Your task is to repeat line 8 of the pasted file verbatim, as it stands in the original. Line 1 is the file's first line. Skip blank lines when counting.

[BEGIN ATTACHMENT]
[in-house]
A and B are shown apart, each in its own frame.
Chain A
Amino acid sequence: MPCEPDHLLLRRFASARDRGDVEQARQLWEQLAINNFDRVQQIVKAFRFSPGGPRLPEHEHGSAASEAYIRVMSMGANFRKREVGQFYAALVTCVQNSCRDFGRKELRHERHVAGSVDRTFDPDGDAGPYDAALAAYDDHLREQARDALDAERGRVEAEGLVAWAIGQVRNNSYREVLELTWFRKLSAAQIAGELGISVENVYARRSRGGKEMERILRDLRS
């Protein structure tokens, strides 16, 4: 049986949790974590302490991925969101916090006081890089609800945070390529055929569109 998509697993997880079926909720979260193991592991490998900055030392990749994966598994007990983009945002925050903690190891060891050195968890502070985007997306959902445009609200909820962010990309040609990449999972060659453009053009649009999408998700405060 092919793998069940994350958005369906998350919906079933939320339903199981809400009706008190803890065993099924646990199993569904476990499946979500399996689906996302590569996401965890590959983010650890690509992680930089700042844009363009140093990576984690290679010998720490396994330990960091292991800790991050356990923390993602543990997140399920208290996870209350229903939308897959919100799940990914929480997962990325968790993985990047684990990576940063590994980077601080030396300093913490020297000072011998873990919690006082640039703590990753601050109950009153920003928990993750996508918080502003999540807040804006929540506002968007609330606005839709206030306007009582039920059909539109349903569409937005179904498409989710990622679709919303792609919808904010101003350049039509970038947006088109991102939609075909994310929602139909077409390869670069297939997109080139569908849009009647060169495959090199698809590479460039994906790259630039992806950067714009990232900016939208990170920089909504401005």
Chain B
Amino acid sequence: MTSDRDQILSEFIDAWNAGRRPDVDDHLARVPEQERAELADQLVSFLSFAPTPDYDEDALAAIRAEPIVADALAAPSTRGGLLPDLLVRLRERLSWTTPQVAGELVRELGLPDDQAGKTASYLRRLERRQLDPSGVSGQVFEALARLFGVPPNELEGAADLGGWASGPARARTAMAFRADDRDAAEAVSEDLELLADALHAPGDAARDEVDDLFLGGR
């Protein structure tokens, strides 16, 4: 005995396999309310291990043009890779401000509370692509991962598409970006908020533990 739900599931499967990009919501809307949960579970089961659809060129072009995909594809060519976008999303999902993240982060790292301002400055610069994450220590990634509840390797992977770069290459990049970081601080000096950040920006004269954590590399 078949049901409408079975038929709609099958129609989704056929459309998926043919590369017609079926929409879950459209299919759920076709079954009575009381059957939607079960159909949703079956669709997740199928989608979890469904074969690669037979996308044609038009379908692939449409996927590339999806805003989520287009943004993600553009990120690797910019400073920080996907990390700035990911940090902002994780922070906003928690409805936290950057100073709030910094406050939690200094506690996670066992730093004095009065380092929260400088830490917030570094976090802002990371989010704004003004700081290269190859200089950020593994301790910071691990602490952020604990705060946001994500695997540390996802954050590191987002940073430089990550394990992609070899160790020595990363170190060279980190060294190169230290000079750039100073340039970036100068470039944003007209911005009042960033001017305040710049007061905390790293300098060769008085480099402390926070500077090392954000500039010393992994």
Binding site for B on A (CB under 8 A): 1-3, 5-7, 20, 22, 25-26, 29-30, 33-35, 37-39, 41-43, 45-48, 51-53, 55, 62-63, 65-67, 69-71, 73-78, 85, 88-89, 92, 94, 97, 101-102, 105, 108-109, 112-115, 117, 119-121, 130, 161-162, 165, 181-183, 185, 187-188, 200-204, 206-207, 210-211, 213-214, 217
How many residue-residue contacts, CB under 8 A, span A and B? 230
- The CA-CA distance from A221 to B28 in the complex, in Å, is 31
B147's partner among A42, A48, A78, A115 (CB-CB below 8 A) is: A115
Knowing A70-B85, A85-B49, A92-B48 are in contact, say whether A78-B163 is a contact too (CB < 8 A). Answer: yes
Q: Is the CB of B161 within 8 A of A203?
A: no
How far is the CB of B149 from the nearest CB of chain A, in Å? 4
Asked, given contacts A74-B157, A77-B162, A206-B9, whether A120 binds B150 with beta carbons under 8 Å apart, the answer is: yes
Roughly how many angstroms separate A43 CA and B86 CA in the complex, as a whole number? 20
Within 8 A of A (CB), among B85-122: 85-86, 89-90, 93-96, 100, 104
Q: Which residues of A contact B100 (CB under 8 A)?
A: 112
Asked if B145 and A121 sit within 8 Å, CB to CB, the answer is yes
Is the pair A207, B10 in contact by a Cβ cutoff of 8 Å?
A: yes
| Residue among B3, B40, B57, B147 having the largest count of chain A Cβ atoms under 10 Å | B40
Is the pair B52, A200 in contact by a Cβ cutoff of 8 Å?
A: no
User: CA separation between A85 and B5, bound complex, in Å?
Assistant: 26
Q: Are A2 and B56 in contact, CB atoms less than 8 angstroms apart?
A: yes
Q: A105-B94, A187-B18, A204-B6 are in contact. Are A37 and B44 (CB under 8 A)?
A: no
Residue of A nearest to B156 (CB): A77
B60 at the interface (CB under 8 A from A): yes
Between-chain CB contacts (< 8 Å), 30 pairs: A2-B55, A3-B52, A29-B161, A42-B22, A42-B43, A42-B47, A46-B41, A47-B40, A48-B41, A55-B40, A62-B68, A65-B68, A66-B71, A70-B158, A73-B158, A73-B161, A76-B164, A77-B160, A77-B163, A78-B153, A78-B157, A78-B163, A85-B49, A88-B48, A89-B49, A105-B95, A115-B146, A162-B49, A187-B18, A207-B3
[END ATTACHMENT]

């Protein structure tokens, strides 16, 4: 005995396999309310291990043009890779401000509370692509991962598409970006908020533990 739900599931499967990009919501809307949960579970089961659809060129072009995909594809060519976008999303999902993240982060790292301002400055610069994450220590990634509840390797992977770069290459990049970081601080000096950040920006004269954590590399 078949049901409408079975038929709609099958129609989704056929459309998926043919590369017609079926929409879950459209299919759920076709079954009575009381059957939607079960159909949703079956669709997740199928989608979890469904074969690669037979996308044609038009379908692939449409996927590339999806805003989520287009943004993600553009990120690797910019400073920080996907990390700035990911940090902002994780922070906003928690409805936290950057100073709030910094406050939690200094506690996670066992730093004095009065380092929260400088830490917030570094976090802002990371989010704004003004700081290269190859200089950020593994301790910071691990602490952020604990705060946001994500695997540390996802954050590191987002940073430089990550394990992609070899160790020595990363170190060279980190060294190169230290000079750039100073340039970036100068470039944003007209911005009042960033001017305040710049007061905390790293300098060769008085480099402390926070500077090392954000500039010393992994």